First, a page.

©SFRE 2016

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Writing a Contract As-ls

July 14th, 2016 by Gabrielle Dahms

Writing an Offer As-Is.

 

Writing a real estate purchase contract and including the As­Is clause means that at the seller will not make any repairs that provided inspection reports point out or that the buyers find during their due diligence period. Neither will the seller credit the buyer any funds for such repairs or other defects found.

Even though, the As­Is clause does not reduce or eliminate the duty of the seller or agents to fully disclose all property defects, and other material facts of which they are aware.

In the San Francisco Bay Area, many sellers opt to provide either a home inspection report or a pest inspection report, or both. This allows the buyers to get a good idea about the condition of the property and any repairs it may need. Although many sellers provide these reports, it is always a good idea for the buyers to do their own inspections, starting with a home inspection. That is particularly pertinent because many sellers and their agents in San Francisco request As­Is offers.

Although As­Is stays any negotiations about defects or repairs the buyers may find, they still can decide to take or leave the property if they find other repairs and defects that will incur costs they are not willing or able to deal with ­ as long as this happens within the inspection contingency period.

As with any contract, any and all contingencies should never frivolously considered a way out of the contract for the buyers. Remember, their earnest money deposit will be in escrow at that point and its release requires the signatures of both the sellers and the buyers. ©SFRE 2016

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San Francisco’s Soft Story Buildings

July 12th, 2016 by Gabrielle Dahms

San Francisco s Soft Story BuildingsSan Francisco has a huge number of soft­story building, buildings which are more vulnerable in the event of an earthquake. Soft­story buildings have open parking or commercial space on the first floor and housing on the floors above. These structures are more apt to collapse in an earthquake. Clearly, this would have an immense impact on the city and its residents.

In order to address the problem, the San Francisco Mandatory Seismic Retrofit Program has been in effect since April 2013. Buildings that fall under this program include buildings which have not yet been seismically upgraded, buildings with 5+ dwelling units built before 1978, and wood frame buildings with three or more stories.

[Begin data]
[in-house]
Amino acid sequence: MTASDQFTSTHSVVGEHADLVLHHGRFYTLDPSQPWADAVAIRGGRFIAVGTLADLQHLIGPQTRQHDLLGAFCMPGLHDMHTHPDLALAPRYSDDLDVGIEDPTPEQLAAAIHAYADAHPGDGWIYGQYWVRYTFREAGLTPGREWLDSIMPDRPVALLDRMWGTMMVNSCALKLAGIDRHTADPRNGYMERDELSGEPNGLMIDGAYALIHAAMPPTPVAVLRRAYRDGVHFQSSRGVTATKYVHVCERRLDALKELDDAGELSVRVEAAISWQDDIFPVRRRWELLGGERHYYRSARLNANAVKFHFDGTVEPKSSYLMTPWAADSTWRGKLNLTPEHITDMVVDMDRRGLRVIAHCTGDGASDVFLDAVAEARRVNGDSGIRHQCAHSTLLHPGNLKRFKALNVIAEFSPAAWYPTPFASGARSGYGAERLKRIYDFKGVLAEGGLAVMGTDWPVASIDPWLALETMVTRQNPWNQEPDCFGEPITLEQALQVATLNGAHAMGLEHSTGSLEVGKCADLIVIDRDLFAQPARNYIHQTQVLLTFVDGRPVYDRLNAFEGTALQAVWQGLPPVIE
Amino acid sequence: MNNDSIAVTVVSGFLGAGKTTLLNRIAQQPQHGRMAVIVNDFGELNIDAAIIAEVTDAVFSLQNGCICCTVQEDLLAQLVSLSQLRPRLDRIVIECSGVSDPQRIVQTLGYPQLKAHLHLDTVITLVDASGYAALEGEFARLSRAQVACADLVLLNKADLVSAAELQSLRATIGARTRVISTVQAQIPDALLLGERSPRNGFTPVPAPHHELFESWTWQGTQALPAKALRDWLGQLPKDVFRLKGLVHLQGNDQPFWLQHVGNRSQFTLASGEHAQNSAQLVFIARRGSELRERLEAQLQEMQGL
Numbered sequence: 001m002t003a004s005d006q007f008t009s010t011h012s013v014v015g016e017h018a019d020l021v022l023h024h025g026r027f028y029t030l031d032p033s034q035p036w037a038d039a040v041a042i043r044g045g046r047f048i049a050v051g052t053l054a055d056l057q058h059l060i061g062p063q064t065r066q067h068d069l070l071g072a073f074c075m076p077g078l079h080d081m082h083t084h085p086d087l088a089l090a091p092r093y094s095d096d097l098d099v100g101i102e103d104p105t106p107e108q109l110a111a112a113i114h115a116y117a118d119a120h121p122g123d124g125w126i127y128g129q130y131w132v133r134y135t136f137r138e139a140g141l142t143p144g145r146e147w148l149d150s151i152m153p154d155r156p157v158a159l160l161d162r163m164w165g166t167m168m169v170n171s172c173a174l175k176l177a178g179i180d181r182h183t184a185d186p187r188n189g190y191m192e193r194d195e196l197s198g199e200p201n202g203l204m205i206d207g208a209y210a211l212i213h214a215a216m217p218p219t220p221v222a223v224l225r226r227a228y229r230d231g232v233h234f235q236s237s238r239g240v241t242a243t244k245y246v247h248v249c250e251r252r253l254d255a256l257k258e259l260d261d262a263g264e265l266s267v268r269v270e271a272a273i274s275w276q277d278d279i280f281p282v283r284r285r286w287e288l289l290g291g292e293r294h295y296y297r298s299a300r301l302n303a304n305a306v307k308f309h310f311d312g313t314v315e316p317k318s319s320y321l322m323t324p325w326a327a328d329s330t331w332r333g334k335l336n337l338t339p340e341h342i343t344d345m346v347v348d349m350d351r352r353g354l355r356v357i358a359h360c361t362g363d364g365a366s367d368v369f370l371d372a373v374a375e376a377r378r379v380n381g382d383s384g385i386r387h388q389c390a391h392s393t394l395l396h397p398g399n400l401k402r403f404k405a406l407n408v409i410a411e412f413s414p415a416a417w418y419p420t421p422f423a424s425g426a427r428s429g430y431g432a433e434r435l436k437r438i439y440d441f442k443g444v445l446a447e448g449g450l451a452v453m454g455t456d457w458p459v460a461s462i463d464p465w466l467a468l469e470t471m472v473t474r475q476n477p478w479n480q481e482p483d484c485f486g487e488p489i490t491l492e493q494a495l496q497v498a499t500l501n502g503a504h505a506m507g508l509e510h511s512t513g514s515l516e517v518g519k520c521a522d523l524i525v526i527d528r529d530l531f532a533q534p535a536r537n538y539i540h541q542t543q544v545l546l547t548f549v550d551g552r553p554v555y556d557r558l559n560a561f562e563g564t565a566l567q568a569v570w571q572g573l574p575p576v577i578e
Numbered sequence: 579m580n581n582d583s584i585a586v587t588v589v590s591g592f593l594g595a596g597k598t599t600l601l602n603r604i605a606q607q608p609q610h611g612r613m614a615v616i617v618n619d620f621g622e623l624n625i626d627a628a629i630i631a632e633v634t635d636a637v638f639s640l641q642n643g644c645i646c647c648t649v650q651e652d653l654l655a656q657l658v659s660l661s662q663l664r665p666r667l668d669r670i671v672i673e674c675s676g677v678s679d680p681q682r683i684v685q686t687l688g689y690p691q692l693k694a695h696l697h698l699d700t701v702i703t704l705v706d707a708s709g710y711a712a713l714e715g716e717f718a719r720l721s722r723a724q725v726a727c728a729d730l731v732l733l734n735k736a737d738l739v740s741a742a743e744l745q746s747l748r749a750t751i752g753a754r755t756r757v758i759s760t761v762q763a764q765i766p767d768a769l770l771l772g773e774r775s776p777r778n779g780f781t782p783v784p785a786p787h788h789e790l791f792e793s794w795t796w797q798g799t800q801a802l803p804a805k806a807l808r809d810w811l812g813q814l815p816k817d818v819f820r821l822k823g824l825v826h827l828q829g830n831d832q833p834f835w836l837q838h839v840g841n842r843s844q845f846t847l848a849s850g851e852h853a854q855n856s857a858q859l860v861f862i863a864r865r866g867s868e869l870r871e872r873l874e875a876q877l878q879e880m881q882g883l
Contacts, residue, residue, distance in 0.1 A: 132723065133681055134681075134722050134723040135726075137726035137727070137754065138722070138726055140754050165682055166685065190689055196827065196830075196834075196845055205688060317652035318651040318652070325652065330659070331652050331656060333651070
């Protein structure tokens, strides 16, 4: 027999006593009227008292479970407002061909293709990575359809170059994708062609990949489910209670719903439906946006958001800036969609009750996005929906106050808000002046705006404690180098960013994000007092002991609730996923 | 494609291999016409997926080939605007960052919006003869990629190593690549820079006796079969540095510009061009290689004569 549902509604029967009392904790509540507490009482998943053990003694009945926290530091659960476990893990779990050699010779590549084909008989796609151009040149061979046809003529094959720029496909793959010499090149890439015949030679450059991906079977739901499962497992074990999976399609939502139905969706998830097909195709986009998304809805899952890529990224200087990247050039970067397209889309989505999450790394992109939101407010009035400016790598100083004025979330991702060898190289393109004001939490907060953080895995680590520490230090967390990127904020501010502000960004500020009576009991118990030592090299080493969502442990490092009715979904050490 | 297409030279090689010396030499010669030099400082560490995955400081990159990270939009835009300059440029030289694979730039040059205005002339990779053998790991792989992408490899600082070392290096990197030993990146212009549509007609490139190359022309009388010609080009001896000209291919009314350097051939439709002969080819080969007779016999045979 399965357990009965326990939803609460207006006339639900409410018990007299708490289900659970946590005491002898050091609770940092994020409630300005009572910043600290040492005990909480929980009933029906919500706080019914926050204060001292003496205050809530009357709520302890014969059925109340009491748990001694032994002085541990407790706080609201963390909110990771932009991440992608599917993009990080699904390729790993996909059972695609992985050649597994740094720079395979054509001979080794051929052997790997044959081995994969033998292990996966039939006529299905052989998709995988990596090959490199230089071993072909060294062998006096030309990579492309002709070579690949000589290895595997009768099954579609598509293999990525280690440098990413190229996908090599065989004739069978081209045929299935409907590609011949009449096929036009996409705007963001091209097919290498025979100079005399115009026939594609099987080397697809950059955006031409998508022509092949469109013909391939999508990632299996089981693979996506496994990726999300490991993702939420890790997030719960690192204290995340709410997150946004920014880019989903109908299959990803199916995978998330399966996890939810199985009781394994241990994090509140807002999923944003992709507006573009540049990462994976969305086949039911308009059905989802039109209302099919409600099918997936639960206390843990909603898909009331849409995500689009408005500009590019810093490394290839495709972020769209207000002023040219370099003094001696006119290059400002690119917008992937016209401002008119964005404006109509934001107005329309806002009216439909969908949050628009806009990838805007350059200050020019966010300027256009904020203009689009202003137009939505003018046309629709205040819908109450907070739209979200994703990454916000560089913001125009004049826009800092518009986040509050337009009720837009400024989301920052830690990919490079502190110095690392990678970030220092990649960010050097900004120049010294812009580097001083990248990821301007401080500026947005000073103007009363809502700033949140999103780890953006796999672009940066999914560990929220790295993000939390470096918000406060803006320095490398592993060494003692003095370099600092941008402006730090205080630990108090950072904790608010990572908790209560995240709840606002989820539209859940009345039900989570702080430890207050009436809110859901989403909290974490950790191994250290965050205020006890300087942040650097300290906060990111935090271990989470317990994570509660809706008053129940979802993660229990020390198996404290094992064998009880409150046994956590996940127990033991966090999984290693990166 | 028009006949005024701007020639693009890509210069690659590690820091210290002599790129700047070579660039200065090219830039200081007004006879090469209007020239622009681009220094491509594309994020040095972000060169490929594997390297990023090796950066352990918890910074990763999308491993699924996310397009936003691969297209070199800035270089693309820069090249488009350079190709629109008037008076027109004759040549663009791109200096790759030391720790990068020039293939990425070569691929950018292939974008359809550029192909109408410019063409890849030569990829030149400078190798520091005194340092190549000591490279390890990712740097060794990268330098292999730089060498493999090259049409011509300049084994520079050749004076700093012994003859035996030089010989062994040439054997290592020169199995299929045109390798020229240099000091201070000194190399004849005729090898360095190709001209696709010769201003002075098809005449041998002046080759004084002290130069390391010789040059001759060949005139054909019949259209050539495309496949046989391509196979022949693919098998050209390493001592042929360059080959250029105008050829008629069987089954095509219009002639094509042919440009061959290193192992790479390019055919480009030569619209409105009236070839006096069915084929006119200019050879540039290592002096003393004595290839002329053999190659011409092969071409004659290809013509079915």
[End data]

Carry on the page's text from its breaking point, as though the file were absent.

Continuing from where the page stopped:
Retrofits naturally are expensive and some owners cannot afford to complete them. San Francisco offers these owners a financing option through Alliance NRG/Deutsche Bank.

Find more information here. And read these interesting articles about soft­story buildings and the mandatory retrofitting on Hoodline and the LA Times. ©SFRE 2016

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San Francisco Neighborhood: Eureka Valley

July 9th, 2016 by Gabrielle Dahms

Eureka-Valley-SF
Eureka Valley and Dolores Heights (which includes the world-renowned Castro district) have a rich history as the epicenter of the gay rights movement. Today, the neighborhood is undergoing another transition as the long-standing gay community welcomes young families to the increasingly diverse neighborhood.

On the eastern end, coveted Liberty Hill offers tremendous views and one-of-a-kind residences. Located centrally with downtown access via Muni streetcar and freeway access just off of Market Street, the neighborhood is also graced with a wide variety of architectural styles and property types — including many pre-Quake Victorians.

Bustling Castro Street is home to some of the city’s most beloved landmarks, including Harvey Milk’s store front and the historic Castro Theatre, as well as restaurants and bars, clubs and pubs. A celebratory attitude often reigns, as each year the streets come alive during the Castro Street Fair and Pride Week.

Up the hills you’ll find quieter streets lined with charming, well-kept homes. Locals love to take advantage of many hidden mini-parks like Kite Hill, and the Seward Street slides.

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Construction Appraisal Anyone?

June 30th, 2016 by Gabrielle Dahms

Construction Appraisal

In case you are considering a major renovation of your home or an addition to the home and you will be using a renovation loan, a construction appraisal will be required. It is a specialized valuation service. Here are a few items you will need to facilitate this type of appraisal, which determines a future value of your home. Remember that any of the items below can vary significantly, depending on the actual materials you use. The construction appraiser will request the following:

1. Blueprints with exterior dimensions

2. Your construction budget

3. Your materials list ­ the more detailed, the better